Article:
However, when faced with small size meta-analyses and/or heterogeneity (figures , , , , , ), the outstanding coverage comes to a high cost in terms of MSE for the Harbord and Egger dispersion (D-se) methods compared to the other two. These two methods tend to report low residual bias but yet persistent high MSE values, due to the large variances. In contrast, Peters and the Egger-var (D-var) methods report slightly lower coverage probabilities besides much lower MSE values as a result of their restrained variance. Due to this, we recommend the Peters and Egger-var (D-var) methods which perform very similarly throughout the simulations: at least in terms of coverage, MSE and variance. However, there is one instance (figure ) where they clearly differ with regard to absolute bias; which can be explained by the Peters' method profiting from avoiding the structural correlation problem between outcome and standard error by using a function of sample size as the predictor variable.

One favourable factor in this simulation study is that there was always considerable variation in the sizes of the studies in each dataset. Again, the methods performance will deteriorate if studies sizes are less variable. This is particularly a concern for the regression approaches if all the studies are small, since a larger extrapolation to the intercept would be required.

In these simulations we defined levels of heterogeneity in terms if

*I*^{2 }(the percentage of total variation across studies that is due to between-study variation rather than sampling error). By doing this, heterogeneity is induced proportionally to the within-study variation. By defining heterogeneity in terms of the

*I*^{2 }statistic means we are focussing on the impact rather than the extent of heterogeneity [

32] across the different meta-analytic scenarios. An alternative modelling approach would be to define heterogeneity in terms of the between-study variance parameter (

*τ*^{2}) which would lead to an assessment of the methods with respect to absolute degrees of between-study variability. Previous studies that evaluate publication bias methods [

15-

17,

28] have used a mixture of these approaches and it is not clear which, if either, is superior.

Other methods for PB adjustment are available but were not evaluated in the simulation study. These include a literature on the use of selection modelling techniques [

40]. The reason for excluding them is twofold: 1) Unless there are large numbers of studies, it will be necessary to specify the selection mechanism as a modelling assumption. Hence their performance will directly depend on how good the specification of the selection model is and this is difficult to evaluate via simulation (i.e. if you specify the selection model to be the same as used to simulate the data you can guarantee good performance and vice versa). 2) Previous work has acknowledged that since the selection mechanism is not identifiable from the data, sensitivity analyses should be carried out using a range of selection functions. While this is potentially useful in an inference making context where robustness or lack of it may be explored over a range of possible selection models, it is less useful in a decision making context where a single decision has to be made.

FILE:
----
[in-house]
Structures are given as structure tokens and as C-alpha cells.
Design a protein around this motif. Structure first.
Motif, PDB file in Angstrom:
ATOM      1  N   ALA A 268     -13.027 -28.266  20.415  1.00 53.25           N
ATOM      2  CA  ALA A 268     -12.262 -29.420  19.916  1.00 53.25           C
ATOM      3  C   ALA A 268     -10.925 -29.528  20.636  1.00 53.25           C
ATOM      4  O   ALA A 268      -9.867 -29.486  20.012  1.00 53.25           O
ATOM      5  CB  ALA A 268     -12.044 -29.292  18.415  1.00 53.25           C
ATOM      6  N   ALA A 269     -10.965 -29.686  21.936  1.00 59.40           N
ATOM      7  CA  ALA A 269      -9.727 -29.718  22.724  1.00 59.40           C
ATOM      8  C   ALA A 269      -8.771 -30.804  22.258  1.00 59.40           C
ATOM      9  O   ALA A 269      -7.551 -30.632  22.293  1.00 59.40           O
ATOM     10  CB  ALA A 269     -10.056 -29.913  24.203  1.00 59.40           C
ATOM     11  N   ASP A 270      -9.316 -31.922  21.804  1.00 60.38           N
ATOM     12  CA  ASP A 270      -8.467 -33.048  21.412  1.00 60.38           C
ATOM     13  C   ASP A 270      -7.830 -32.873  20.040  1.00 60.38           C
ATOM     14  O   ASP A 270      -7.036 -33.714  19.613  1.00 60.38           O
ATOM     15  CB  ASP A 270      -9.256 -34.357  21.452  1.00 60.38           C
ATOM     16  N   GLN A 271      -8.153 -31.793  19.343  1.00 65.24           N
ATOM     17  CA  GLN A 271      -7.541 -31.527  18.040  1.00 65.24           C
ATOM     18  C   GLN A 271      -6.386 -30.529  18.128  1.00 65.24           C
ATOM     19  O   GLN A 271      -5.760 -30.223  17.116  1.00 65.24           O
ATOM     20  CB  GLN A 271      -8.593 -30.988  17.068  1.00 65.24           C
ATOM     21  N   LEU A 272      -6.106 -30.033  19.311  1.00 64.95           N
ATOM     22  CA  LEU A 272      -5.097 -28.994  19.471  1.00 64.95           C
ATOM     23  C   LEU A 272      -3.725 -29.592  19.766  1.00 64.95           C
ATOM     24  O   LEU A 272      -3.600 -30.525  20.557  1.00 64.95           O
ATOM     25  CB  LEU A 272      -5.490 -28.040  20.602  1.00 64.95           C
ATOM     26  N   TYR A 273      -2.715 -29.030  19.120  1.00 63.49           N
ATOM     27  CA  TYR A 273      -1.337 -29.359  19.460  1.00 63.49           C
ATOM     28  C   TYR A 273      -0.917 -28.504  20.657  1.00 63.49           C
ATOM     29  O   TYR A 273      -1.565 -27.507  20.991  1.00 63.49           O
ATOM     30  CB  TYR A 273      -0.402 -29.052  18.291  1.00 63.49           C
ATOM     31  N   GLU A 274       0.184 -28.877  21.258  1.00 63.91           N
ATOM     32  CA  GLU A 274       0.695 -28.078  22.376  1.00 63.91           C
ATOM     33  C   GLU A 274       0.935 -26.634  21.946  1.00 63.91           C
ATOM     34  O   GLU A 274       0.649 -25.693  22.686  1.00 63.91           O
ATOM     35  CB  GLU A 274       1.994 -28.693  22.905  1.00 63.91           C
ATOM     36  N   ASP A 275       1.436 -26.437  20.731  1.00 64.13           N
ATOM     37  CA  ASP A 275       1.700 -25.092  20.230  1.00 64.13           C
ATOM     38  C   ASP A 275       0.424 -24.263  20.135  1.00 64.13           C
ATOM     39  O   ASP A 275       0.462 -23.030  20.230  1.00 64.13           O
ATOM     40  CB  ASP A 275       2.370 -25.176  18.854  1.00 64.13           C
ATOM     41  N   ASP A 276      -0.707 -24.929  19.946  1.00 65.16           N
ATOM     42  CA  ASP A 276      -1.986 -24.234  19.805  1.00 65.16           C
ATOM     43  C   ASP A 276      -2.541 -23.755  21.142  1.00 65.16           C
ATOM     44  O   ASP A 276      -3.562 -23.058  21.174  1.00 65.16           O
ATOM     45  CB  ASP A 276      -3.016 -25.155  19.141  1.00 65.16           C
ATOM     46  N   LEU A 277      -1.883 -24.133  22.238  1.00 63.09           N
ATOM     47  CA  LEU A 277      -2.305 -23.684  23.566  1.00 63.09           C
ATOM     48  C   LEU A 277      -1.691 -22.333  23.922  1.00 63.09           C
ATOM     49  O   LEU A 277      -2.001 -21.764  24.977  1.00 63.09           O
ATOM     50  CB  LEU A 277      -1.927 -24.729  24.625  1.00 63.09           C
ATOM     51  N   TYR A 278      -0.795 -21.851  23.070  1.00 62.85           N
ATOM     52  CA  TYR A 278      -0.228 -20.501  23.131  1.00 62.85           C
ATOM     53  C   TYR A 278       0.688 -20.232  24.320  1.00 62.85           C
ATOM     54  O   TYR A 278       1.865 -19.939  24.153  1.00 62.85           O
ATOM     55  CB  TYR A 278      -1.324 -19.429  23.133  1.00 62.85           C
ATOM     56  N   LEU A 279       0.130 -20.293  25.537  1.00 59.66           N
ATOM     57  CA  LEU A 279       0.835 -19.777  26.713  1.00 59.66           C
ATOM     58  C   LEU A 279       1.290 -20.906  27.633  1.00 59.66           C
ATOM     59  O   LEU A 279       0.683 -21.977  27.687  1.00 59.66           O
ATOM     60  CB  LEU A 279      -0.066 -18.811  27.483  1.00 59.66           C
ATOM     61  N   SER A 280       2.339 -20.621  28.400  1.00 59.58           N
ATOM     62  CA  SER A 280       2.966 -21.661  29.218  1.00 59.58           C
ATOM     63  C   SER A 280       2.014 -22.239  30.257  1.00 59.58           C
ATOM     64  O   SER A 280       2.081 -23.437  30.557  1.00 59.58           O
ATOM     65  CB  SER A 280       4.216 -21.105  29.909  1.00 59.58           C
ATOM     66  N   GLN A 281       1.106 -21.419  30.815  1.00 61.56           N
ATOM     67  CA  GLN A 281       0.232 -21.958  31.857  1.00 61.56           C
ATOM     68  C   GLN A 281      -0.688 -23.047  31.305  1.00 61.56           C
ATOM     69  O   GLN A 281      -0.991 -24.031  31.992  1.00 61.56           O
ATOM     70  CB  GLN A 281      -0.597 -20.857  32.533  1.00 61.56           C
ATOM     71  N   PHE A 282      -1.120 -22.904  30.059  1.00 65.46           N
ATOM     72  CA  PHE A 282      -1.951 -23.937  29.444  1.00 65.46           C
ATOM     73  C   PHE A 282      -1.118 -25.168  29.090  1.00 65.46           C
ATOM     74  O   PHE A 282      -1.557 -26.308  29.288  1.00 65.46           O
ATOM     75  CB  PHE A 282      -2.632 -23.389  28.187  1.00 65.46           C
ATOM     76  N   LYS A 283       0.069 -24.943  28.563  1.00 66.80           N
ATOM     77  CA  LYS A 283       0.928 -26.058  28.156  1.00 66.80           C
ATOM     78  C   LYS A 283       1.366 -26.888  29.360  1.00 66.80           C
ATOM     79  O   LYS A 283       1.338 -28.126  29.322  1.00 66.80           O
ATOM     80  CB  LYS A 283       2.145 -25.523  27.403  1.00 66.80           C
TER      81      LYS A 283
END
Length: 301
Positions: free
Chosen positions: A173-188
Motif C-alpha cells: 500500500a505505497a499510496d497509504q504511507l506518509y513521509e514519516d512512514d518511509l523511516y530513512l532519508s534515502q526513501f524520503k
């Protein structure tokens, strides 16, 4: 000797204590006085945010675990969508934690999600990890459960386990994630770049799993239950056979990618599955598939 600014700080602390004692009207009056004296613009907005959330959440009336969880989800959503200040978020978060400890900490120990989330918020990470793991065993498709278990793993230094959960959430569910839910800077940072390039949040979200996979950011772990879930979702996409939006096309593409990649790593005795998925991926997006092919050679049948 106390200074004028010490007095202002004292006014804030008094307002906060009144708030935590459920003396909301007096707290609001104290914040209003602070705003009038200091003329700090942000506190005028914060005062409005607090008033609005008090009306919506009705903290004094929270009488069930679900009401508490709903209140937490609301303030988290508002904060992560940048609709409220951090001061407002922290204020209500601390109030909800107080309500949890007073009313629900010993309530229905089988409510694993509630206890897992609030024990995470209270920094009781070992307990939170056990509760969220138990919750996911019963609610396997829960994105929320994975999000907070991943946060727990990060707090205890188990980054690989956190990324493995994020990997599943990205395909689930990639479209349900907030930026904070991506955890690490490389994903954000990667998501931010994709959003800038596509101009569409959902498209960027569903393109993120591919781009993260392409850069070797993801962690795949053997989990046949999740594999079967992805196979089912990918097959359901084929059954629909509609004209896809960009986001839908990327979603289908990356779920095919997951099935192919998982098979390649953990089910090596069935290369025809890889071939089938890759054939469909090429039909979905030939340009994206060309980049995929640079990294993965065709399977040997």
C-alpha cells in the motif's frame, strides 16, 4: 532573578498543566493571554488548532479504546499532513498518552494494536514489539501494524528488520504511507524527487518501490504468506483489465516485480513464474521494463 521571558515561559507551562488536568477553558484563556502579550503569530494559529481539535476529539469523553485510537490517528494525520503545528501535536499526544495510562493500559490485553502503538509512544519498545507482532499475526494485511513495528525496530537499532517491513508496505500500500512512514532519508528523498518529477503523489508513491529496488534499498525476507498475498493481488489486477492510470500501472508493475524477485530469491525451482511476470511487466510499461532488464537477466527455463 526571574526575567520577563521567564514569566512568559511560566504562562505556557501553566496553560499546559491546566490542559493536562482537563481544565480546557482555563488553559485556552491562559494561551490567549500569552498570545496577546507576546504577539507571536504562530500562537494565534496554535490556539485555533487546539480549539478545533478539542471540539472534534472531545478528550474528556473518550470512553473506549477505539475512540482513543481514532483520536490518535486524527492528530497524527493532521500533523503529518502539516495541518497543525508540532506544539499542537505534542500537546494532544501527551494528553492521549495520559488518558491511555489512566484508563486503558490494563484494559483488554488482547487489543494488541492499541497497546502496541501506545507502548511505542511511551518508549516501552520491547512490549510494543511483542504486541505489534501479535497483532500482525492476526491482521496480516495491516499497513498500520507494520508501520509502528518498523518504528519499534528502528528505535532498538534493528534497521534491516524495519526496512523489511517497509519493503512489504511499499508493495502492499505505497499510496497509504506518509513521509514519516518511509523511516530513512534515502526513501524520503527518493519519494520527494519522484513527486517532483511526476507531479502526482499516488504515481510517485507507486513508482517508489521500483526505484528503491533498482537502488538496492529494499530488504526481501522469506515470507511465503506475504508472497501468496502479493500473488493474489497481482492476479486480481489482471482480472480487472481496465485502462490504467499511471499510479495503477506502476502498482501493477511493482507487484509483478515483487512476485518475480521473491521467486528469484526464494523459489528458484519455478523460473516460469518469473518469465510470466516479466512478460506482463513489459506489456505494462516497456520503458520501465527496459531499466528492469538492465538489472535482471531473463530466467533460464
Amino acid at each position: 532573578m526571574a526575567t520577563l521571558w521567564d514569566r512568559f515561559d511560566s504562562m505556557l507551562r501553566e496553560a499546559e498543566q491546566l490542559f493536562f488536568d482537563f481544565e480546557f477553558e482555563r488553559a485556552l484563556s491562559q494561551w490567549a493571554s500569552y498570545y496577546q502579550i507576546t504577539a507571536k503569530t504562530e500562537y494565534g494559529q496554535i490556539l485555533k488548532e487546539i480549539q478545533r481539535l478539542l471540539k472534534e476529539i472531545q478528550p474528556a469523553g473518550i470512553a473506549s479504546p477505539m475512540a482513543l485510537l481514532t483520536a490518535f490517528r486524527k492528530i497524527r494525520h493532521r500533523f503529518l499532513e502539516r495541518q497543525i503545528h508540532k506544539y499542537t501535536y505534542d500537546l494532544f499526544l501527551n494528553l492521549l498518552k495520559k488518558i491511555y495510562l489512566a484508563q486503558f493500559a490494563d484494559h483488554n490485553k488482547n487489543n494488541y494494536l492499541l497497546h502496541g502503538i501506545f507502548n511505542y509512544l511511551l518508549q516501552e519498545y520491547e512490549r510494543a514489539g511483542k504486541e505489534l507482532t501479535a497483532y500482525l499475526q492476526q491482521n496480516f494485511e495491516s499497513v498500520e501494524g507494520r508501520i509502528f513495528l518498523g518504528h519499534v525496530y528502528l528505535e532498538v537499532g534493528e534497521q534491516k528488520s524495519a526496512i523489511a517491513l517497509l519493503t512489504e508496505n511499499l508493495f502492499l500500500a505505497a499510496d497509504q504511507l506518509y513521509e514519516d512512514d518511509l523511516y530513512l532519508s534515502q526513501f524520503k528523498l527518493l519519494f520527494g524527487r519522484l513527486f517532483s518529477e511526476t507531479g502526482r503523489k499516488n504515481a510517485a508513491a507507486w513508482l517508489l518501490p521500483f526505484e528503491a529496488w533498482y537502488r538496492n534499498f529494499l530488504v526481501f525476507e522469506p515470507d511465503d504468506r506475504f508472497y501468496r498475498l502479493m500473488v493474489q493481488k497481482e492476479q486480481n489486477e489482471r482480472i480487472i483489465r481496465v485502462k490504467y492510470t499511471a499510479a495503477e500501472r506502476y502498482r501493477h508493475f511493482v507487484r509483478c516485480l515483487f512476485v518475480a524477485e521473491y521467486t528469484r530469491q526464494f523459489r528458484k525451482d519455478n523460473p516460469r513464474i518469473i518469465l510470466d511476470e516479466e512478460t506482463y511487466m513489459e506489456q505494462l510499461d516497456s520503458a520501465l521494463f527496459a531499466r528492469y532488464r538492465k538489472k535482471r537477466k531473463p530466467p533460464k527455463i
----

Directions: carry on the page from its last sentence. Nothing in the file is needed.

Recently Copas and Malley [

22] presented a novel way of obtaining a robust p-value for effect in a meta-analysis with publication bias based on a permutation test. Interestingly, this is shown to be closely related to the correlation found in the associated radial plot, which in turn is closely related to a funnel-plot related regression [

4].

Since in medical applications any PB selection mechanisms will be unknown and there will often be too few studies to estimate it from the data, we believe regression-based methods, which make no explicit assumptions about the underlying selection mechanism, may have a useful role in a decision-based context.

We believe that a broad range of plausible meta-analyses situations have been evaluated through the scenarios evaluated in the simulation study. And that, given the variability and limited scope of some of the previous simulation studies in the evaluation of methods to address PB in the past, it would be desirable for there to be a consensus simulation framework in which future tests and adjustment methods could be evaluated. To this end, the comprehensive framework developed here could form the starting point for future simulation studies.